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  • Yes Magazine — “Love Leads Into Mystery: The Heartbreak and Hope of Raising a Child With Asperger’s”

  • SheWrites: Caryn has a bunch of articles about the writing life here, including writing real people, book tours, finishing and starting a book, and cultivating your practice and imagination.


Featured Poems:


Featured Songs, Podcasts & Videos:



“Caryn Miriam Goldberg gives voice to what can’t be put into words, she sets us free of old paradigms, she writes like a dream.” ~ Julia Alvarez, author, In the Time of the Butterflies 

“Caryn’s poems are silver threads that weave through the darkening sky and gates and light unspooling from the heart’s loom a dream of joy and ancestral echoes.” ~ Jimmy Santiago Baca, author, A Place to Stand

“Many thanks to Caryn for these beautiful lessons in living, really living from a poet laureate who reminds you of your best friend. It’s wonderful to feel so deeply inspired by a world that feels so deeply familiar.” ~ Dar Williams, Singer-songwriter

“How any of us weather the darkening climate of these times is a wonder; it is such poetry as this that help us breathe.” ~ David Abram, author, The Spell of the Sensuous

Please see Books for my books of poetry, fiction, memoir & anthologies

Your Writing: Learning From the Page

Poet William Stafford tells us, “Every person, if pitched right, meets things with a song – a just right resonance.” I believe so much that we learn how to write by writing, and as Annie Dillard says, by aiming into what calls us to write:


Who will teach me to write?  a reader wanted to know. The page, the page, that eternal blankness, the blankness of eternity which you cover slowly, affirming time’s scrawl as a right and your daring as necessity; the page, which you cover woodenly, ruining it, but asserting your freedom and power to act, acknowledging that you ruin everything you touch but touching it nevertheless, because acting is better than being here in mere opacity; the page, which you cover slowly with the crabbed thread of your gut; the page of your death, against which you pit such flawed excellences as you can muster with all your life’s strength; that page will teach you to write. There is another way of saying this.  Aim for the chopping block. If you aim for the wood, you will have nothing.  Aim past the wood, aim through the wood; aim for the chopping block. ~ Annie Dilliard, The Writing Life​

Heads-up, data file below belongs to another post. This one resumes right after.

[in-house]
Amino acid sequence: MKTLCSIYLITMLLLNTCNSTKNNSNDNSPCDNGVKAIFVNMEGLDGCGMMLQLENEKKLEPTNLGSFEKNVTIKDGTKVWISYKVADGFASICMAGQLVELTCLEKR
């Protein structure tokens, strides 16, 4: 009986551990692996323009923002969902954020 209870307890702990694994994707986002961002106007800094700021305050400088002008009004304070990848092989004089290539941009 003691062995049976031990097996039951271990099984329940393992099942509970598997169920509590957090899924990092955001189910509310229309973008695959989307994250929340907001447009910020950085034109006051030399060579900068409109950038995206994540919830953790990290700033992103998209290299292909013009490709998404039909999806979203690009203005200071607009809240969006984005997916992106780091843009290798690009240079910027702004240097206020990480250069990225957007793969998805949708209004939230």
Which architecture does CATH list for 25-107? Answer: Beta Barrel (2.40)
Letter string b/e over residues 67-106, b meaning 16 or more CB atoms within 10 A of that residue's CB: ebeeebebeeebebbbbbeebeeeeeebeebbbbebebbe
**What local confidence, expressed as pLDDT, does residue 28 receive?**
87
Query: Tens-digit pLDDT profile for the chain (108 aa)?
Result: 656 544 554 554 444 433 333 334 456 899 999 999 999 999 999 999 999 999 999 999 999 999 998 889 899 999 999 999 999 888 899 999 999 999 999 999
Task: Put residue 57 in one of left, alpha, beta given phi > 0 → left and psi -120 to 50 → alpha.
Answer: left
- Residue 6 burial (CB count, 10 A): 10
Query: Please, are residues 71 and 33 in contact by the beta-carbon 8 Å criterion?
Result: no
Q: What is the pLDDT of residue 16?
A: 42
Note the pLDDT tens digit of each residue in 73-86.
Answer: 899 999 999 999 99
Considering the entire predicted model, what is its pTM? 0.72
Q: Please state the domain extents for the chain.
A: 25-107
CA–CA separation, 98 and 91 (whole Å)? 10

Get Started, Keep Going,

and Begin Again

Here’s some tips to get and keep going:

  • Remember that writing is a practice more than a talent or lightning bolt. The more you show up to meet your words, the more your words meet you.

  • Pick a regular time and place to write — it can be 10 minutes when you wake up or before bed, an hour each Thursday afternoon, or whatever else works for you. Having a regular place to write, even if it’s just a chair in your house or on your porch, will help reinforce the writing.

  • Aim for short stretches. You can write a lot  in 10 or 15 minutes, even if you’re not particularly inspired at the moment. Or aim for a certain length, such as writing two sentences or filling half a page every three days.

  • Make writing dates with others. Meet at a home, coffee shop, restaurant, park, favorite bluff or wherever else suits you. You can each bring one writing exercise to try out together or just work on current projects.

  • Create your own writing circle that meets weekly or monthly to write together. Find writing prompts in books (see next bullet point) or have members bring in prompts, drop them in a bowl or hat, pull one out, then write like crazy for 10-20 minutes.

  • You can  find lots of writing resources at the Transformative Language Arts Resource Page. Look under “expressive and creative writing” for great books. My favorites are Deena Metzger’s Writing From Your Life,  Anne Lamott’s Bird by Bird, Natalie Goldberg’s Writing Down the Bones and John Lee’s Writing From the Body.

  • Keeping a running list in your journal or in your computer of writing ideas and starter phrases or paragraphs. You can list all your firsts (first kiss, first car, first home, first job), lasts (last house, last love, last miracle), moments of beauty or sweetness, who and what you love most in this life, amazements you’ve seen or catalyzed, great kindnesses, things you’ve lost or released, most precious belongings (material or otherwise), and moments of folly that turned out well.

  • Consider taking a writing workshop in-person or online. You can find great online sources at  two places where I regularly offer workshops along with other writers: the Transformative Langauge Arts Network and LIghthouse Writers.

  • If you stop for a while, start again. Put any guilt or shame on the shelf, and meet yourself through your words. The page is always waiting for you.

Blue Sky
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